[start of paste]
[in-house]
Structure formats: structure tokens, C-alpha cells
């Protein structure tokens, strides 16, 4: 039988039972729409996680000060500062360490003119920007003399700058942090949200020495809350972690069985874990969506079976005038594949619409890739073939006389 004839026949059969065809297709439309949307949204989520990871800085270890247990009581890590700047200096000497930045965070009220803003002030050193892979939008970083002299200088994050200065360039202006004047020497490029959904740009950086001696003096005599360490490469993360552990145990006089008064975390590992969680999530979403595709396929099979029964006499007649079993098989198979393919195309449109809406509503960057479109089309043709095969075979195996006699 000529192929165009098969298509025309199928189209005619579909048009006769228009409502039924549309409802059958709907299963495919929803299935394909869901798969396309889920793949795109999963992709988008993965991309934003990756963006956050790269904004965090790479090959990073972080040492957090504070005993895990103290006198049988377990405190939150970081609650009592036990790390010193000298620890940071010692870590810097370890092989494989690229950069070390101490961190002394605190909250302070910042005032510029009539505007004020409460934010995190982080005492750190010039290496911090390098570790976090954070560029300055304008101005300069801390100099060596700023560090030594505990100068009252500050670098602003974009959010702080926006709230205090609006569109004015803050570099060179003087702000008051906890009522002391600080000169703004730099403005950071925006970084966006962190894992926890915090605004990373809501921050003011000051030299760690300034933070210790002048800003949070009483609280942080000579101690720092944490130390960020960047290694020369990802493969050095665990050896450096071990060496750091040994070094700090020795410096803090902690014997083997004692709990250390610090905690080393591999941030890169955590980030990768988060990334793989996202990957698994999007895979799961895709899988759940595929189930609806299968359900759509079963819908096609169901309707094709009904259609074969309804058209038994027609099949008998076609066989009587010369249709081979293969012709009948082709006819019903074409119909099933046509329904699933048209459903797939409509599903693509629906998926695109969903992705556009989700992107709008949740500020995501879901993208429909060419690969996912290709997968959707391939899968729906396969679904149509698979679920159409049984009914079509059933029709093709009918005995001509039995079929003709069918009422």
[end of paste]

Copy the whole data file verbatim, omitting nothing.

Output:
[in-house]
Structure formats: structure tokens, C-alpha cells
């Protein structure tokens, strides 16, 4: 039988039972729409996680000060500062360490003119920007003399700058942090949200020495809350972690069985874990969506079976005038594949619409890739073939006389 004839026949059969065809297709439309949307949204989520990871800085270890247990009581890590700047200096000497930045965070009220803003002030050193892979939008970083002299200088994050200065360039202006004047020497490029959904740009950086001696003096005599360490490469993360552990145990006089008064975390590992969680999530979403595709396929099979029964006499007649079993098989198979393919195309449109809406509503960057479109089309043709095969075979195996006699 000529192929165009098969298509025309199928189209005619579909048009006769228009409502039924549309409802059958709907299963495919929803299935394909869901798969396309889920793949795109999963992709988008993965991309934003990756963006956050790269904004965090790479090959990073972080040492957090504070005993895990103290006198049988377990405190939150970081609650009592036990790390010193000298620890940071010692870590810097370890092989494989690229950069070390101490961190002394605190909250302070910042005032510029009539505007004020409460934010995190982080005492750190010039290496911090390098570790976090954070560029300055304008101005300069801390100099060596700023560090030594505990100068009252500050670098602003974009959010702080926006709230205090609006569109004015803050570099060179003087702000008051906890009522002391600080000169703004730099403005950071925006970084966006962190894992926890915090605004990373809501921050003011000051030299760690300034933070210790002048800003949070009483609280942080000579101690720092944490130390960020960047290694020369990802493969050095665990050896450096071990060496750091040994070094700090020795410096803090902690014997083997004692709990250390610090905690080393591999941030890169955590980030990768988060990334793989996202990957698994999007895979799961895709899988759940595929189930609806299968359900759509079963819908096609169901309707094709009904259609074969309804058209038994027609099949008998076609066989009587010369249709081979293969012709009948082709006819019903074409119909099933046509329904699933048209459903797939409509599903693509629906998926695109969903992705556009989700992107709008949740500020995501879901993208429909060419690969996912290709997968959707391939899968729906396969679904149509698979679920159409049984009914079509059933029709093709009918005995001509039995079929003709069918009422």